BOOK REVIEW / Smoke signals: Cigarettes are sublime by Richard Klein: Duke University Press, pounds 19.95

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A LEADING Soho poet and litterateur was once, within my hearing, at his usual opening-time post on the bar-stool. Joined by an old acquaintance, he was shocked to hear the latter call for a Virgin Mary or some such nonsense. 'Well,' said the reformed character rather defensively, 'I just didn't like it any more. The hangovers, the fights, the remorse, the amnesia, the heartburn . . . I just found I didn't like it any more.' With a curl of the lip, and the look of a deacon reproving a backslider, the Soho stalwart returned: 'None of us likes it.'

As Richard Klein points out in this languorous meditation on humanity's most futile and wasteful habit, 'no one has ever liked cigarettes the first time they tried them'. The same applies to booze, of course, but it's possible even for an amateur to overdo the drink while, for the reflective inhaler, an extra packet will not make anything like the same difference as an extra bottle. 'A smoker' is something you are, not something you do. The idea of a smoking-jacket is faintly absurd, but not as absurd as a drinking-jacket (though, come to think of it . . .)

'The only vice not known to the Romans', as someone smartly noticed, the indulgence in tobacco might have done better to originate with the Greeks. Every smoker knows that he is a dead man on leave (or on leaf, if you'll allow me) and this sits better with the Stoic temperament than it does with the Saturnalian. People have smoked to stay cool, to remain detached, to achieve the contemplative or at worst the world-weary mode. A smoking debauch, though theoretically feasible, is antithetical to the main scheme. Wreathed in faint blue-grey rings, one can idly and even pleasurably reflect upon one's own insignificance. Klein's essay captures this essence very finely. Borrowing from Greece, or perhaps better say from Crete, he devotes an entire section to the magnificent work of Italo Svevo, whose last novel (published in English as The Last Cigarette) was in the original entitled Il fumo. From the adopted perspective of an analysand, Svevo set out the splendours and miseries of a life devoted to giving up smoking. By the conclusion, it is easy to see why the English rendition of the title is in fact the superior one. Svevo established once and for all the deep, latent connection between the final puff and the coup de grace. As he put it:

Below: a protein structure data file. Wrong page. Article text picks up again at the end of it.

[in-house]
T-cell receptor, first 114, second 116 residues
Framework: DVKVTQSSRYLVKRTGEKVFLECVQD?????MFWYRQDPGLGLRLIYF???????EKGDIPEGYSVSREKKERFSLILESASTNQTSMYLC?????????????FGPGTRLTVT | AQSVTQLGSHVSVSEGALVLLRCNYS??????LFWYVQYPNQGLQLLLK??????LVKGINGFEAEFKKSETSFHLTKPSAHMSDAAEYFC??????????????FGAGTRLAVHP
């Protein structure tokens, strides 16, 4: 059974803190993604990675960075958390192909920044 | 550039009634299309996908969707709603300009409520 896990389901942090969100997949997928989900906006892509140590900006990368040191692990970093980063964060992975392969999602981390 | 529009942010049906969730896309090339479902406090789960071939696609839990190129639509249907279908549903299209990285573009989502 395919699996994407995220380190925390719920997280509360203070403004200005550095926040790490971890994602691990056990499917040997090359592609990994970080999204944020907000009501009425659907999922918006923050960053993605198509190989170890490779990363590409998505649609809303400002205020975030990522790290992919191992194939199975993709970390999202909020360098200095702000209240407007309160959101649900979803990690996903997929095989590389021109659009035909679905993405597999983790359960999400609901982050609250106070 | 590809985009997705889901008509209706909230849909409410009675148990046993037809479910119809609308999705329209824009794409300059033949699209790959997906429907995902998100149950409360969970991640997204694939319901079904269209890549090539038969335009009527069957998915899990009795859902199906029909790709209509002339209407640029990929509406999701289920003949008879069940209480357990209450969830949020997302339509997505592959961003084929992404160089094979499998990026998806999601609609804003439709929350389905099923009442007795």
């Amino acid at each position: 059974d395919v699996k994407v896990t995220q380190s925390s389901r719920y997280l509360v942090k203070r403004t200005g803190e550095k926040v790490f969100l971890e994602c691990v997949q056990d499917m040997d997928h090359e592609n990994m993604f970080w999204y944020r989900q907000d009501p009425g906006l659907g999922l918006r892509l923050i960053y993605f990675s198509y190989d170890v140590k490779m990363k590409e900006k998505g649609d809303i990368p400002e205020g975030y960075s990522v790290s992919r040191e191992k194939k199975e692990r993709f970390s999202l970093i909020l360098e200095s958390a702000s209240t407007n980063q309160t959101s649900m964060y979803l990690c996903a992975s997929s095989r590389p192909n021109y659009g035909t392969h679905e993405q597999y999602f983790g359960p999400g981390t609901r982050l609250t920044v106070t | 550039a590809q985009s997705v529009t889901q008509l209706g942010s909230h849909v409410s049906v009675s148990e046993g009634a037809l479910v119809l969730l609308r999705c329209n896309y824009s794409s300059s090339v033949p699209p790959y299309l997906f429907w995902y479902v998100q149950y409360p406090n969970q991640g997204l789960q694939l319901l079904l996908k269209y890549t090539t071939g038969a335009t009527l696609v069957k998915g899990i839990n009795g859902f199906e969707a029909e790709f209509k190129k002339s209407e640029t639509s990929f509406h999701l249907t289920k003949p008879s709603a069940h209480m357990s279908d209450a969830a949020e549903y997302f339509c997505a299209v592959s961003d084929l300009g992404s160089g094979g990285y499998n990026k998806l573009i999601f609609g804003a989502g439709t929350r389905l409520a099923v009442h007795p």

I think that the cigarette has a more intense taste when it is the last. The others, too, have a special taste, but less intense. The last one acquires its savour from the feeling of victory over oneself and the hope of a near future of strength and health. The others have their importance since lighting them up protests on behalf of the freedom to do what you want, and the future of health and strength does not go away, though it has moved a little further off.

Yes, I think that just about covers everything. Smokers want it both ways, but at least they know that they want it both ways. They also know that what they want is impossible - like the ambition to live each day as if it were your last, the aim of smoking each cigarette as if it were a farewell is heroically contradictory. Photographs dotted through the book - of Vaclav Havel taking a good, strong drag, and of Sartre and Cocteau married to their slim, tubular appendages - reinforce the identity between smoking and the absurd.

The 'fit' between smoking and a sort of dandyism is not by any means perfect, as Richard Klein illustrates in his chapters on cigarettes and soldiers, and cigarettes and gypsies. For the luckless grunt and footsoldier with the stub in the mouth, and for the head-tossing knife-flourishing Bohemian, the cigarette is an ally in action and an auxiliary in combat. (You can see this any day in places like Beirut and Sarajevo, where every gesture is a smouldering one and all the signs inscribed in illegible characters appear to read: 'Thank you for smoking'. But here, too, the pungent tang of fate and finality can be detected beneath the gorgeous, dissipating scent of the Gitane).

Immanuel Kant's definition of the sublime was shrewd and capacious enough to include the negative and the melancholy; the awareness that even the most ecstatic moment contains a warning. One may grandly disregard the admonitions placed by a hypocritical state on cigarette packets. But when one descends from a nicotine Nirvana and surveys the brimming ashtray, there is the abrupt realisation that, like the adored object itself, one must 'consign to this, and come to dust'. We do have, however, more banal means of arriving at this sensible conclusion - a conclusion which is often eased by that last gasper.

Christopher Hitchens is critic-at-large for Vanity Fair.